As anthropogenic factors like salt accumulation through irrigation and freshwater storage combine with drought and sea-level rise, the Delta is headed for a saltier future. The June 2021 paper, published in San Francisco Estuary and Watershed Science, integrates biological and physical sciences to draw a comprehensive picture of Delta salinity and changing freshwater inflow. Changing salinity patterns could have a profound impact on the region’s ecology, affecting how and when fish like the Delta smelt or Coho salmon spawn, and which aquatic plants survive. The paper insists that the patterns observed suggest that the future will be difficult to predict, as extreme weather events will lead to bigger fluctuations in salt levels, and recommends that management agencies encourage interdisciplinary coordination when approaching future challenges. The paper concludes that researchers and policy-makers should work more closely together, and consider water-management projects as science experiments. Co-author Ted Sommers believes that this type of management will require substantial investments in science support and flexibility from regulators and water managers, but “the good news is that there is an increasing interest in using science to guide annual decision-making.” As with any experiment, “clearly-stated assumptions, alternative hypotheses, and predictions should be part of the planning process.” Funding can then be structured in a way that permits monitoring before and after implementation, and enable managers to more effectively respond to a rapidly changing system. 

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Building a temporary drought barrier at False River to deter the tidal push of saltwater from San Francisco Bay into the central Delta in June 2021. Andrew Innerarity / California Department of Water Resources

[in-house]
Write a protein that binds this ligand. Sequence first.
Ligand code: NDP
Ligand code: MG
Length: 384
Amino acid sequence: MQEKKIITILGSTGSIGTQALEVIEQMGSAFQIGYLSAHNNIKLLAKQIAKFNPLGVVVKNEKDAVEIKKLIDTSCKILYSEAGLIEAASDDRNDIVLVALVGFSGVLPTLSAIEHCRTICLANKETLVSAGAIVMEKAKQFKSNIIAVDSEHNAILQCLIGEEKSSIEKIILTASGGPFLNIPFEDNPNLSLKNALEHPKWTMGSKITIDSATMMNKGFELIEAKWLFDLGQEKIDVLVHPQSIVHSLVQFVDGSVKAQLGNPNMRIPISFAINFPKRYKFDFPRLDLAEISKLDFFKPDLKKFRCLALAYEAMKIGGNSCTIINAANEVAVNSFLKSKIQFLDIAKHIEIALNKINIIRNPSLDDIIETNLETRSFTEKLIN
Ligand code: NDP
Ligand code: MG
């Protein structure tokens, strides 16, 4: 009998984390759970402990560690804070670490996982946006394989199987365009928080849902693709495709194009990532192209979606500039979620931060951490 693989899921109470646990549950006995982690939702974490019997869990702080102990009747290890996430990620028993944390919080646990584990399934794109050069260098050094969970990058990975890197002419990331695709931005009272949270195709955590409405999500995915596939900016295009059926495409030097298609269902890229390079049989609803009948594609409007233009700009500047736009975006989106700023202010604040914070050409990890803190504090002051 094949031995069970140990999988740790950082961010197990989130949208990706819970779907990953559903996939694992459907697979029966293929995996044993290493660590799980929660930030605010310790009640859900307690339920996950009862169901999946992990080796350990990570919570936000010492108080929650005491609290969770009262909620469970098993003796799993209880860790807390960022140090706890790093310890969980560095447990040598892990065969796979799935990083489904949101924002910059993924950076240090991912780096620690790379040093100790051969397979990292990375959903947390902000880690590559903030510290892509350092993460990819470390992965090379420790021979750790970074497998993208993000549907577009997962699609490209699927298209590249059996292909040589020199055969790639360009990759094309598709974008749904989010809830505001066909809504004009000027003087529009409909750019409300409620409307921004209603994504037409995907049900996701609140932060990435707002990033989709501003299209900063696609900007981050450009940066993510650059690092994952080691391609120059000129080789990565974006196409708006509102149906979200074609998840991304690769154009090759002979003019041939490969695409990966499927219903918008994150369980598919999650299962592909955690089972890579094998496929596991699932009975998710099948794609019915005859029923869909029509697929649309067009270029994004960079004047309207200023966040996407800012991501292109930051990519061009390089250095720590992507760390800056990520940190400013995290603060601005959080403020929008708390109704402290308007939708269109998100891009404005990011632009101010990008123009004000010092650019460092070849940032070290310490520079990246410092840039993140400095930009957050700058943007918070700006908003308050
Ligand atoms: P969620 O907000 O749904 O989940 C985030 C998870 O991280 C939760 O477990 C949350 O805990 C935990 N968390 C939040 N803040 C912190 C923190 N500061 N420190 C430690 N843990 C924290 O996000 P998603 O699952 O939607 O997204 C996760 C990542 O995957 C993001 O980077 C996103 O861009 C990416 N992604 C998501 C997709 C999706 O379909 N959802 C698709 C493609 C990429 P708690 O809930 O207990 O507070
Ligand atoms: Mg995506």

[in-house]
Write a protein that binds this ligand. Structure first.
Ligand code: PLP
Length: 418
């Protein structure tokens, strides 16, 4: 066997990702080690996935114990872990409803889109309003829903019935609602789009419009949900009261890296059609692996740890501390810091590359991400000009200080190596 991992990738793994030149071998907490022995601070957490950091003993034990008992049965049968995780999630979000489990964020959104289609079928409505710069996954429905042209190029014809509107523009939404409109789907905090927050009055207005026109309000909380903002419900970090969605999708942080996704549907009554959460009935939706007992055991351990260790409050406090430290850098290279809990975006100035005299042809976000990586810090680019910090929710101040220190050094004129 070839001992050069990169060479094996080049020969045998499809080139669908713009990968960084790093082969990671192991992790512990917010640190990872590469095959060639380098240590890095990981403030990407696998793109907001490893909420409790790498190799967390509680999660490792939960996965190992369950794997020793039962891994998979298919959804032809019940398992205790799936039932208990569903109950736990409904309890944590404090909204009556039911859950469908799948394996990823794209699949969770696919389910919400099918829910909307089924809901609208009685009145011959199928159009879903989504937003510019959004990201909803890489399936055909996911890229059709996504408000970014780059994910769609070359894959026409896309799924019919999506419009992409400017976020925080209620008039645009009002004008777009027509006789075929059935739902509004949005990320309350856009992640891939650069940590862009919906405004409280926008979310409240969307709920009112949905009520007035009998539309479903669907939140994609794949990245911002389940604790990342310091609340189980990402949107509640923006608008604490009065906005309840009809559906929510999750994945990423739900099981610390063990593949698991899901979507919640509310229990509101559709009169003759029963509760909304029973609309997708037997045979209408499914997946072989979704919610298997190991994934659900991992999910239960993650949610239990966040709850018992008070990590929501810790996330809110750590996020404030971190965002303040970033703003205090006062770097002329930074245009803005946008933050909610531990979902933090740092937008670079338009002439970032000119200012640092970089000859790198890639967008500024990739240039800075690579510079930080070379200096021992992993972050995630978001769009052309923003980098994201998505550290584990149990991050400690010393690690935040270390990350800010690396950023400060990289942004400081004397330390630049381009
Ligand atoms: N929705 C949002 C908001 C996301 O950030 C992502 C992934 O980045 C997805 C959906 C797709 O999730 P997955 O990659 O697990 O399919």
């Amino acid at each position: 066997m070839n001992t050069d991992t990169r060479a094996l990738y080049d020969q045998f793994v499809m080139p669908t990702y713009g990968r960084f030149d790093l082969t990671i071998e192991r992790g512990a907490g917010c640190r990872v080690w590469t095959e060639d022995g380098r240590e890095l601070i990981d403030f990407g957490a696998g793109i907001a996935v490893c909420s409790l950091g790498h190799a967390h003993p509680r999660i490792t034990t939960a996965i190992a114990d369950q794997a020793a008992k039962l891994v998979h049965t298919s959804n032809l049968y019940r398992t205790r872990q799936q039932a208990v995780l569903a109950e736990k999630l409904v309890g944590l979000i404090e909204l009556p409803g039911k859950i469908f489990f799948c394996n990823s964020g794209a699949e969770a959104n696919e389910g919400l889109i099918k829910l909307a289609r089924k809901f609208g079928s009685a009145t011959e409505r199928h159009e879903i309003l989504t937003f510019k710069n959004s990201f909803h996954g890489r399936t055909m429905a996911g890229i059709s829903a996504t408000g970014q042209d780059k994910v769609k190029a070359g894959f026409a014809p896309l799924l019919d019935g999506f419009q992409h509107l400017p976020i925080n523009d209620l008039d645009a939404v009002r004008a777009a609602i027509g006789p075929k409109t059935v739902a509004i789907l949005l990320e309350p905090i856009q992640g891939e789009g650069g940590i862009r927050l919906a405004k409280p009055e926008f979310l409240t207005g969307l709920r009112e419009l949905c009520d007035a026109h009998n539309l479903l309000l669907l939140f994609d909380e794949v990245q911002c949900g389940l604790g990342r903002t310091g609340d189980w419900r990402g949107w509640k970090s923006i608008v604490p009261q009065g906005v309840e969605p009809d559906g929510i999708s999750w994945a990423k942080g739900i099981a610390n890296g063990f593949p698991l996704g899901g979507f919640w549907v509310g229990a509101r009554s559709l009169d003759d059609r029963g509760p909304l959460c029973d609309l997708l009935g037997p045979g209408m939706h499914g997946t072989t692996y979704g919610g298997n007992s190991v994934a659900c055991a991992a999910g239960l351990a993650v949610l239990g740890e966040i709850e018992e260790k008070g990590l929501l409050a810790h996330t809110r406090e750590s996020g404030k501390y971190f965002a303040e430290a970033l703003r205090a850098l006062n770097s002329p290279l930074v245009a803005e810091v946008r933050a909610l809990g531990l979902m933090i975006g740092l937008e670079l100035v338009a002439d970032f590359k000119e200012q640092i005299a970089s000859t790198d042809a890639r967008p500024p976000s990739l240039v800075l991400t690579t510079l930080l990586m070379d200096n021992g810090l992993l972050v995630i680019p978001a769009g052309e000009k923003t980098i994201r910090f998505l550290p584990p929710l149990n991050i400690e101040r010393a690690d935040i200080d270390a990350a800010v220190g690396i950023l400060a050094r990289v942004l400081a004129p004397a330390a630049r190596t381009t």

When it comes to managing Delta salinity, a new research paper suggests we treat public policy like a science experiment.

As anthropogenic factors like salt accumulation through irrigation and freshwater storage combine with drought and sea-level rise, the Delta is headed for a saltier future. The June 2021 paper, published in San Francisco Estuary and Watershed Science, integrates biological and physical sciences to draw a comprehensive picture of Delta salinity and changing freshwater inflow. Changing salinity patterns could have a profound impact on the region’s ecology, affecting how and when fish like the Delta smelt or Coho salmon spawn, and which aquatic plants survive. The paper insists that the patterns observed suggest that the future will be difficult to predict, as extreme weather events will lead to bigger fluctuations in salt levels, and recommends that management agencies encourage interdisciplinary coordination when approaching future challenges. The paper concludes that researchers and policy-makers should work more closely together, and consider water-management projects as science experiments. Co-author Ted Sommers believes that this type of management will require substantial investments in science support and flexibility from regulators and water managers, but “the good news is that there is an increasing interest in using science to guide annual decision-making.” As with any experiment, “clearly-stated assumptions, alternative hypotheses, and predictions should be part of the planning process.” Funding can then be structured in a way that permits monitoring before and after implementation, and enable managers to more effectively respond to a rapidly changing system. 

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About the author

Michael Hunter Adamson was born and partly raised in the Bay Area and spent his childhood balancing adventure with mischief. As an equally irresponsible adult he has worked for The Nature Conservancy, the arts and education nonprofit NaNoWriMo, taught English in Madrid-based High School equivalent, and volunteers with The Marine Mammal Center. As a writer for Estuary and AcclimateWest, Michael employs his love for nature and his interest in people to help tell the unfolding story of the living Earth.

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